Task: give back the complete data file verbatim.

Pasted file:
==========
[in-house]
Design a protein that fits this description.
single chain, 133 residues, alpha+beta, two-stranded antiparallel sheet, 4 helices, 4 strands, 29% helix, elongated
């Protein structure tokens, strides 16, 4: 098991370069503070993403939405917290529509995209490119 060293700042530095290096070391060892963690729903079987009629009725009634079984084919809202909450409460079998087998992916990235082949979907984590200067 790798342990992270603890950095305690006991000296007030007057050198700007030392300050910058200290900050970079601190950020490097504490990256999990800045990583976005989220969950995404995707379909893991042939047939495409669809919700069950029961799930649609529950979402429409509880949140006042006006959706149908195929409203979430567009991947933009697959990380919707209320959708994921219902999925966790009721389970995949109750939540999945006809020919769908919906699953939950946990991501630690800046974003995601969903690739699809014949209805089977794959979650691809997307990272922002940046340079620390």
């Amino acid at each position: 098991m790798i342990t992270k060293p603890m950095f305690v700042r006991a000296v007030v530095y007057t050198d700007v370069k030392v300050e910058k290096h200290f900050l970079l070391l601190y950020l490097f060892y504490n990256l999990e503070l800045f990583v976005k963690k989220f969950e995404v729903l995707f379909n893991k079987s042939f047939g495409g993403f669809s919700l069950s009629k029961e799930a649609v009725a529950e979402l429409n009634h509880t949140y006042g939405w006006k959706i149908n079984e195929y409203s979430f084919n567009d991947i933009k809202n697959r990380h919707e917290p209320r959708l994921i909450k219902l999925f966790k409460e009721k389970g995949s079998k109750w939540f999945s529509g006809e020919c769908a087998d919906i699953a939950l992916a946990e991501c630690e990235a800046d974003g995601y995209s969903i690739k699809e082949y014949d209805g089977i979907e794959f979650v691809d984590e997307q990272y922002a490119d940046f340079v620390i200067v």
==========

[in-house]
Design a protein that fits this description.
single chain, 133 residues, alpha+beta, two-stranded antiparallel sheet, 4 helices, 4 strands, 29% helix, elongated
């Protein structure tokens, strides 16, 4: 098991370069503070993403939405917290529509995209490119 060293700042530095290096070391060892963690729903079987009629009725009634079984084919809202909450409460079998087998992916990235082949979907984590200067 790798342990992270603890950095305690006991000296007030007057050198700007030392300050910058200290900050970079601190950020490097504490990256999990800045990583976005989220969950995404995707379909893991042939047939495409669809919700069950029961799930649609529950979402429409509880949140006042006006959706149908195929409203979430567009991947933009697959990380919707209320959708994921219902999925966790009721389970995949109750939540999945006809020919769908919906699953939950946990991501630690800046974003995601969903690739699809014949209805089977794959979650691809997307990272922002940046340079620390």
């Amino acid at each position: 098991m790798i342990t992270k060293p603890m950095f305690v700042r006991a000296v007030v530095y007057t050198d700007v370069k030392v300050e910058k290096h200290f900050l970079l070391l601190y950020l490097f060892y504490n990256l999990e503070l800045f990583v976005k963690k989220f969950e995404v729903l995707f379909n893991k079987s042939f047939g495409g993403f669809s919700l069950s009629k029961e799930a649609v009725a529950e979402l429409n009634h509880t949140y006042g939405w006006k959706i149908n079984e195929y409203s979430f084919n567009d991947i933009k809202n697959r990380h919707e917290p209320r959708l994921i909450k219902l999925f966790k409460e009721k389970g995949s079998k109750w939540f999945s529509g006809e020919c769908a087998d919906i699953a939950l992916a946990e991501c630690e990235a800046d974003g995601y995209s969903i690739k699809e082949y014949d209805g089977i979907e794959f979650v691809d984590e997307q990272y922002a490119d940046f340079v620390i200067v």